Posted by Marie Staunton, Chief Executive Officer of Plan UK
From Zambia to Egypt and from Bangladesh to Pakistan, prevention rather than prosecution is the best strategy for the child – though sometimes the stick of the criminal law is needed to reinforce the carrot of persuasion.
That is what Plan has learned from working with 56 million children and their families in 50 developing countries where girls are too often pulled out of school to get married.
As a community development organization focusing on children, Plan has both staff who are child protection officers and a system of community volunteers who are trained in child protection, to identify and prevent abuse. In September I was in Theraka, a drought stricken part of Kenya where livestock were dying through lack of water. One of our local volunteers identified a very poor family who were forcing their daughter of 14 to get married so they could restock their goats, given by the family of the groom in exchange for her. They would not listen to argument so Faith, our child protection officer brought in the police – the girl was returned as were the goats.
But how do goats in Kenya and villages in Bangladesh relate to our young people here? Most families practicing forced marriage in the UK are from communities overseas where it is practiced. The reasons for the high incidence of early marriage in Pakistan, are just the same as those cited by a UK study carried out by the Department of Children Schools and families in the UK. A group of fathers in Sindh province, Pakistan were asked the ideal age of marriage for girls - they said 25. And the actual age? Between 14 and 18. Why? Family honor - even down to a sense that adolescent girls need to be safeguarded and kept away from public places - peer or family pressure, strengthening family links, financial gain and care, particularly of girls with disabilities.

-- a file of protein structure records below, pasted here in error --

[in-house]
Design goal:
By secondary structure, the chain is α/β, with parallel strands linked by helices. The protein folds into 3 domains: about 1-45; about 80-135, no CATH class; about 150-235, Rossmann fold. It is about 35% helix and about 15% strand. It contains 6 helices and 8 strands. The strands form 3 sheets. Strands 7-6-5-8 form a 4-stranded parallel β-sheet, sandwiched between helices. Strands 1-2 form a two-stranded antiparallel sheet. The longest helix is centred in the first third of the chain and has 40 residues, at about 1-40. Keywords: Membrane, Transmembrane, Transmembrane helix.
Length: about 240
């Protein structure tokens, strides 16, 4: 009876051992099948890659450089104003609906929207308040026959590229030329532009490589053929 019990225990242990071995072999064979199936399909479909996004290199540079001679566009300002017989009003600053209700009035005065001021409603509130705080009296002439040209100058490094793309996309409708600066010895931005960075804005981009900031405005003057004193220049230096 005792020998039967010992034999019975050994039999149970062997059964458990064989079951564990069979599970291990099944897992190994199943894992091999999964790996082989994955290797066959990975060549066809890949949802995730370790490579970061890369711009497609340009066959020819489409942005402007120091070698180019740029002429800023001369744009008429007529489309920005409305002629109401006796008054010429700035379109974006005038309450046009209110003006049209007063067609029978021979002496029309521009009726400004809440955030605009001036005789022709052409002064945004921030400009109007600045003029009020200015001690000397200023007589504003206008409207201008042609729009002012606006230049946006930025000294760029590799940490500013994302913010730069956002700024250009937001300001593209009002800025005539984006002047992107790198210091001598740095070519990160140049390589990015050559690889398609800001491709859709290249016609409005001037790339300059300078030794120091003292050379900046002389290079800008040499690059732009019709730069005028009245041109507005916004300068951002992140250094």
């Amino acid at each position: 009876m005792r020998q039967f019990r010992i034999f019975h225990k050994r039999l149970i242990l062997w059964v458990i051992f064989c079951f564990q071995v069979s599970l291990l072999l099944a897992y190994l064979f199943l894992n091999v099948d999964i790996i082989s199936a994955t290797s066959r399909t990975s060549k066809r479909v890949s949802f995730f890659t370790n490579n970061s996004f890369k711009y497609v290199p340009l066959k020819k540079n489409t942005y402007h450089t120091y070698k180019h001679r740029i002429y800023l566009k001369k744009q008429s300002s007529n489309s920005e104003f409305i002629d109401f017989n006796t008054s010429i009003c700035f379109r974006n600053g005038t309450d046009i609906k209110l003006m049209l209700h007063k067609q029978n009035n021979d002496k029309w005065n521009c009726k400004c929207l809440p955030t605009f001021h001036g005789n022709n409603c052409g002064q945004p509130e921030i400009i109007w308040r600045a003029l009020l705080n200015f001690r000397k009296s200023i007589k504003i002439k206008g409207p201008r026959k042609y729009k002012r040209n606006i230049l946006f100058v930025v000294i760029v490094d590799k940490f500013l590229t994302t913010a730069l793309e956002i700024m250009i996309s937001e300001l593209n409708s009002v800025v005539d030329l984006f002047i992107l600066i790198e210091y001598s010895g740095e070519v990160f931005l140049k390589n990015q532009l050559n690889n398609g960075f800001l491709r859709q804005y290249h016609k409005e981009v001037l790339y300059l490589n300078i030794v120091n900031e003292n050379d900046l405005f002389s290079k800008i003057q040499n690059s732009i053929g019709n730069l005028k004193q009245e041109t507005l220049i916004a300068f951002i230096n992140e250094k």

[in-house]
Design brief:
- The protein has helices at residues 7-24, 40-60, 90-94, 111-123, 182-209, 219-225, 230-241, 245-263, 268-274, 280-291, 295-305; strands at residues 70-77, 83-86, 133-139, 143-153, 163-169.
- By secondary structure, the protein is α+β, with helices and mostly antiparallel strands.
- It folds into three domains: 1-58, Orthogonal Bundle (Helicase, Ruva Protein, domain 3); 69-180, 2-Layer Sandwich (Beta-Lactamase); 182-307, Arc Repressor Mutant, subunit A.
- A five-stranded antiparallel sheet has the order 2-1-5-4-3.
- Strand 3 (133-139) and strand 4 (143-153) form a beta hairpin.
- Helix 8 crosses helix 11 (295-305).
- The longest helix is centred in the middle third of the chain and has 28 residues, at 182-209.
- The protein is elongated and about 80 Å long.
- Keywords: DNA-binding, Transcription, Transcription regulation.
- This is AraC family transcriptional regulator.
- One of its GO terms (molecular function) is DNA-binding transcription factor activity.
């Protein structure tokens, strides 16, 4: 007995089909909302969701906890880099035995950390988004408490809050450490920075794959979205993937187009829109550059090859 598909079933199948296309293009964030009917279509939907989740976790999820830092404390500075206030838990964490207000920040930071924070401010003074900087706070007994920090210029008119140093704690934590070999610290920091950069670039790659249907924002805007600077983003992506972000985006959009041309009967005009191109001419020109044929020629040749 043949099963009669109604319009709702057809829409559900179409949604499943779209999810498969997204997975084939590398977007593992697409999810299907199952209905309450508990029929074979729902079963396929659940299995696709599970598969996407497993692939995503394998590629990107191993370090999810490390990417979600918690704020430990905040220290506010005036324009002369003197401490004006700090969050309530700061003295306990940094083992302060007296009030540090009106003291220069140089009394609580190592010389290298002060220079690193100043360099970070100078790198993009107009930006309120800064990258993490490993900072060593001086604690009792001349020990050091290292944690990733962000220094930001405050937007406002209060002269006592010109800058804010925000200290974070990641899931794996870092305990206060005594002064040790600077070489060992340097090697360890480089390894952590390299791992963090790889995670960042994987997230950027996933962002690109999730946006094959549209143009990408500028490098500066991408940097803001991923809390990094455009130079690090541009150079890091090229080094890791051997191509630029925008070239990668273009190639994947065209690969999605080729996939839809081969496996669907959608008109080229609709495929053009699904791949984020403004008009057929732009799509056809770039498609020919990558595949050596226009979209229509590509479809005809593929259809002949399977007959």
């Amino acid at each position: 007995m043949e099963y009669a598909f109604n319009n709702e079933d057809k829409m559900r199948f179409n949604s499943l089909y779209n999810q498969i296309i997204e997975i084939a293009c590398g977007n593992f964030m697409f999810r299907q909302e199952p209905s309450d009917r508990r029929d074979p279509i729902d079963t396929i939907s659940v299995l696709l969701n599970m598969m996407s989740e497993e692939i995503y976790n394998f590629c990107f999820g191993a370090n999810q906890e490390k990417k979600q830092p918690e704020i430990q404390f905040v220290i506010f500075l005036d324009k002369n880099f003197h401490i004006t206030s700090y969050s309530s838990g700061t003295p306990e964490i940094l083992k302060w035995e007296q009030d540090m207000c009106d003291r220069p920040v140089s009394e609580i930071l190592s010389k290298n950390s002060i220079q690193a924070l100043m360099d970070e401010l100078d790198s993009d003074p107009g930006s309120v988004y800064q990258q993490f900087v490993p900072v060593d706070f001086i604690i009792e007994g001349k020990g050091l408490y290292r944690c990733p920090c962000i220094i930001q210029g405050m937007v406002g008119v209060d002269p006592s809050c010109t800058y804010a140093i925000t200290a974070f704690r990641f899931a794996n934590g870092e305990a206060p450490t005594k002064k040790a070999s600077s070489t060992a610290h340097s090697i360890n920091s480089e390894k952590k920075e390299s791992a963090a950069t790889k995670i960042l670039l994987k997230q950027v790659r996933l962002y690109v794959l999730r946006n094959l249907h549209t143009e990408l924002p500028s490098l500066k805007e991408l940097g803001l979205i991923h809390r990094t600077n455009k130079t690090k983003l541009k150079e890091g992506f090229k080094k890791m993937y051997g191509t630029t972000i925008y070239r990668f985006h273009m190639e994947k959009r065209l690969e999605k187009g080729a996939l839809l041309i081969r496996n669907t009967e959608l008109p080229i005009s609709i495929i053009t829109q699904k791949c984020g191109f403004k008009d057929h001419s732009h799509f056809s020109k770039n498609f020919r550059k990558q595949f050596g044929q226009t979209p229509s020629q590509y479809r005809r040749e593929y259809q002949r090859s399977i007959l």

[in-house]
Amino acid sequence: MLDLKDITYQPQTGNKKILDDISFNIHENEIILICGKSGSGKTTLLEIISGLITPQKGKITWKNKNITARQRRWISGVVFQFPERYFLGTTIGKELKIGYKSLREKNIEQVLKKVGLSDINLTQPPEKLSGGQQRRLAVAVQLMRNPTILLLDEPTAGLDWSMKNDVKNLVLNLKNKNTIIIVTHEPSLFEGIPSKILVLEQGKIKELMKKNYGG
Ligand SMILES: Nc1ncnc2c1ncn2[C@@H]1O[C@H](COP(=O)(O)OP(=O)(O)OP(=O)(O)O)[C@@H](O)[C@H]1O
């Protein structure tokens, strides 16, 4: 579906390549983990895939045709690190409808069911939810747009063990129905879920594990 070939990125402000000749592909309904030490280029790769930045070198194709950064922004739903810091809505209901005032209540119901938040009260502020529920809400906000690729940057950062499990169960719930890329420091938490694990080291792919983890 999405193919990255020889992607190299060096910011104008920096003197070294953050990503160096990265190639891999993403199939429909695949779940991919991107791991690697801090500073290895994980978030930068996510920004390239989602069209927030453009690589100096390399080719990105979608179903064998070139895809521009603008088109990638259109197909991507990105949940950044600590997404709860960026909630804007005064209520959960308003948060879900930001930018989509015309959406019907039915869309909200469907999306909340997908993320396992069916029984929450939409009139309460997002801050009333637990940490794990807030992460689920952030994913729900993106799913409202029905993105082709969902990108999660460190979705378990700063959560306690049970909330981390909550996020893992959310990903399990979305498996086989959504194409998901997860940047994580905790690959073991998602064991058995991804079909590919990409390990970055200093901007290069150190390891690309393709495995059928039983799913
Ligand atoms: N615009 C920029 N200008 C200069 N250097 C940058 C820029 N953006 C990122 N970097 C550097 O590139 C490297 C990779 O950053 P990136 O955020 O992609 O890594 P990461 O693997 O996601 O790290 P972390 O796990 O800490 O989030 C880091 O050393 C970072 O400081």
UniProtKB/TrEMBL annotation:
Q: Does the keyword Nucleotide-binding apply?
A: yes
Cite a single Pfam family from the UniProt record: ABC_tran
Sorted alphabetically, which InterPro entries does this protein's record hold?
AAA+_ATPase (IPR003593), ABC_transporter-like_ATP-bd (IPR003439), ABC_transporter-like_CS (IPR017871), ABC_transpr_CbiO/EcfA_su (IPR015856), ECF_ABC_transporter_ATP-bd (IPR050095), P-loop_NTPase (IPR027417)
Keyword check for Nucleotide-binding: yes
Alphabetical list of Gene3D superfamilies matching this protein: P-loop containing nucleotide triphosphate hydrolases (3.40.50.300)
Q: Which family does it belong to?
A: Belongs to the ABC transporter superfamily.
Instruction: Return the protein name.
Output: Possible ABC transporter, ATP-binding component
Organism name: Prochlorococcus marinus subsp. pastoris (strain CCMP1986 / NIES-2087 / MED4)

For each reason there is an answer - it takes time to change behaviors.
Last month I visited one of many communities in Bangladesh that has agreed to end early forced marriage. Working with the children, parents, religious leaders, local and national government to get this agreement takes time - average of 6 years - but that way whole communities are declaring themselves free of the practice. The estimated 5000 - 8000 young people in the UK who are being forced into marriage also deserve that protection.
My worry is that by simply criminalizing forced marriage the government will think their job is done. Legislative activity, the criminalization of forced marriage by itself does not result in action or prevention. How do we ensure a stronger focus on prevention – when too often the topic is deemed too sensitive to raise in schools or communities?
Prevention requires strong laws yes, but that is not enough. It requires awareness of those laws. It requires strong peer pressures from within the community and strong political leadership. This government has shown great political leadership at CHOGM where the Prime Minister pressed for a commitment by all Commonwealth countries to end early forced marriage – and got it! He needs to be backed here in the UK by the Education department, the Minister for Women, local councilors and community programs so that no child ever again suffers a forced marriage.
Before working internationally I practiced as a criminal and family solicitor, starting the year the Domestic Violence Act was enacted in 1976. Personally it was tough trying to get protection for a woman after her family had been shattered by violence and earlier preventative action would have saved children seeing things a child never should know. The argument for a criminal offense is that as society shows how seriously it condemns the practice, it enables fast police action and makes the state’s duty to punish perpetrators clear. One way forward would be a model based on the protection from the Harassment Act which gives the victim the choice between starting a civil case or asking the police to prosecute.
But in the end, political convenience, the difficulty of governments facing culturally sensitive issues could trump the rights of these children. We are already failing them, but they need more protection not less.
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